Mentoring beginning teachers in implementing process-oriented guided inquiry learning: An example of an inquiry-based pedagogical approach of teaching science


As a mentor, you are vital to the success of beginning teachers. You introduce them to new pedagogical strategies for creating stimulating, pupil-centred classrooms and, for this reason, you should remain current in the latest trends in science pedagogy. Increasingly, science educators have employed pupil-centred, collaborative learning approaches to foster significant learning (Eberlein, Kampmeier, Minderhout, Moog, Platt, Varma-Nelson and White, 2008). In this chapter, we describe how to mentor beginning teachers using one such approach: process-oriented guided inguiry learning (POGIL). POGIL works by developing pupils' subject knowledge and process skills through structured small-group learning and has proven effective at boosting achievement in diverse school contexts (Qureshi, Bradley, Vishnumolakala, Treagust, Southam, Mocerino and Ojei, 2016). Mentoring beginning teachers to use the POGIL approach involves eguipping them with teaching and learning strategies for enhancing pupil interaction and critical thinking in the science classroom (Moog, 2014).

This chapter provides an overview of POGIL, situates it within a spectrum of inquiry-based science pedagogies and offers a sequence of tasks for mentoring beginning science teachers in using the POGIL approach.


By the end of this chapter you should be able to:

  • • Understand POGIL as an effective inquiry-based pedagogical approach
  • • Support a beginning teacher to understand the benefits of inquiry-based science teaching and evaluate pupil activities at four increasingly complex levels of inquiry (confirmation, structured, guided and open)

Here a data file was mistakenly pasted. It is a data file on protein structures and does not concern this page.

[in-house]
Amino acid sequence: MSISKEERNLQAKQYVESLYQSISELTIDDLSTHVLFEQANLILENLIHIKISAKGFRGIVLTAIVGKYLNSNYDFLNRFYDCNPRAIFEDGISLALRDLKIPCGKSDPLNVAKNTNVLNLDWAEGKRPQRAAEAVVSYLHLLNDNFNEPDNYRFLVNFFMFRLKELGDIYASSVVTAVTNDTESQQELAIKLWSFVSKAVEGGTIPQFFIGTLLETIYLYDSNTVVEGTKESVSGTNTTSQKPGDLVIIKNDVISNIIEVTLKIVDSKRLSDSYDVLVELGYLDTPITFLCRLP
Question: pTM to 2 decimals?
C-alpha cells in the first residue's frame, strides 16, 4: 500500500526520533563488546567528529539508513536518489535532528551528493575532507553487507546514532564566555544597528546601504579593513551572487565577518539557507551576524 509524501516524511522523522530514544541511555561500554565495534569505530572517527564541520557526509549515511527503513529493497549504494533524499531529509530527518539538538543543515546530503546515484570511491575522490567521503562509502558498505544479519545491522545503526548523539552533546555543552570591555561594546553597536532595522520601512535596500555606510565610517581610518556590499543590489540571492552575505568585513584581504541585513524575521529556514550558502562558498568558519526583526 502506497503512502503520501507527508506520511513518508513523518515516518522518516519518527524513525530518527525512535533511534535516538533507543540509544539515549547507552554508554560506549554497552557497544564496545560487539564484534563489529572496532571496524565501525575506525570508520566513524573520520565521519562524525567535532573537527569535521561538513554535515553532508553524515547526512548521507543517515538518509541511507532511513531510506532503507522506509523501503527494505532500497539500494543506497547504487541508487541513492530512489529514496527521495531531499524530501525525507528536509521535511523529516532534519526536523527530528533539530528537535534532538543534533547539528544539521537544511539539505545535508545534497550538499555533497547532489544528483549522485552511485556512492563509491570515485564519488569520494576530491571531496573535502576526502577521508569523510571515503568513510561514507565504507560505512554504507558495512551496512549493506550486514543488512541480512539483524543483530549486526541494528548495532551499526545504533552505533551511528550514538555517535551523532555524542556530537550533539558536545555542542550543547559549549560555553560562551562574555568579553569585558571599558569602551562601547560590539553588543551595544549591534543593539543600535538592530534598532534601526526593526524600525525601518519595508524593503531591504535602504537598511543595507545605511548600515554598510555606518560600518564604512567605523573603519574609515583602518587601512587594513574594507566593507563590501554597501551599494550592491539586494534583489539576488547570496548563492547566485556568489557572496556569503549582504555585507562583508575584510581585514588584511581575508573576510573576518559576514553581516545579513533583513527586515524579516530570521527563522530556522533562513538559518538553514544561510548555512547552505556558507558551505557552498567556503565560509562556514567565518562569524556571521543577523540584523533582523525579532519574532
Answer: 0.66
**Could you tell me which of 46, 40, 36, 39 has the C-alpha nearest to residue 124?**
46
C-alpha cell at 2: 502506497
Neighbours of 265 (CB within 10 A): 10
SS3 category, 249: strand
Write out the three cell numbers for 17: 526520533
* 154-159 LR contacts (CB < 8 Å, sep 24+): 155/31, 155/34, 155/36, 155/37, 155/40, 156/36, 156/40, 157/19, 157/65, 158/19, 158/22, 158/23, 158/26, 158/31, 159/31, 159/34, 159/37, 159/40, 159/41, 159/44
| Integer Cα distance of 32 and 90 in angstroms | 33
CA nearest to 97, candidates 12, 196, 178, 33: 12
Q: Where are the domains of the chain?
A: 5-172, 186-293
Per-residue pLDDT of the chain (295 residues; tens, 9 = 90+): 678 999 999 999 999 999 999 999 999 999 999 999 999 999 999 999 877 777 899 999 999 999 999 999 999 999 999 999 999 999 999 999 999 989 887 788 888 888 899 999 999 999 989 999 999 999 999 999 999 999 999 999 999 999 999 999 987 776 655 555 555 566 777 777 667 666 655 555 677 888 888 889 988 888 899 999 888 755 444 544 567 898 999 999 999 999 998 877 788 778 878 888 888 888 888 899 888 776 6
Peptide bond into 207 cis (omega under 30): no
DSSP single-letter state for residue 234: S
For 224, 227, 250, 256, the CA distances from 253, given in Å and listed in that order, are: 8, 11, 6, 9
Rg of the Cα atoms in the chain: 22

• • Support a beginning teacher to develop a POGIL plan, by incorporating three steps (exploration, invention and application) adopted from the POGIL learning cycle
  • • Encourage a beginning teacher to incorporate POGIL process skills in their lesson plans and suggest practical ways to implement inquiry questions and group work in classrooms
  • • Support a beginning teacher to plan and implement a series of POGIL lesson plans.

POGIL: An inquiry-based, experiential learning approach

POGIL is an inquiry-based, experiential learning approach that enables small groups of pupils to solve carefully designed activities that adhere to a well-formulated cycle of learning (Moog, 2014). Inquiry-based, pupil-centred learning approaches like POGIL are grounded in constructivist and progressive educational theories that emphasise conscious reflection on experience (Dewey, 1938; Piaget, 1973; Vygotsky, 1978; Kolb, 1984). For constructivists, learners 'construct their understanding of the world as a product of their actions in the world’ (Mascolo, 2009, p. 4). This point is crucial, as learning depends on active construction of understanding from concrete experience. As a mentor, you can support beginning teachers to adopt constructivist approaches by modelling inquiry-based teaching strategies in your classroom, which they can then adopt and/or adapt. Then, discuss your modelled teaching strategies to encourage them to plan, teach and reflect on their own practices grounded in inquiry-based pedagogical approaches.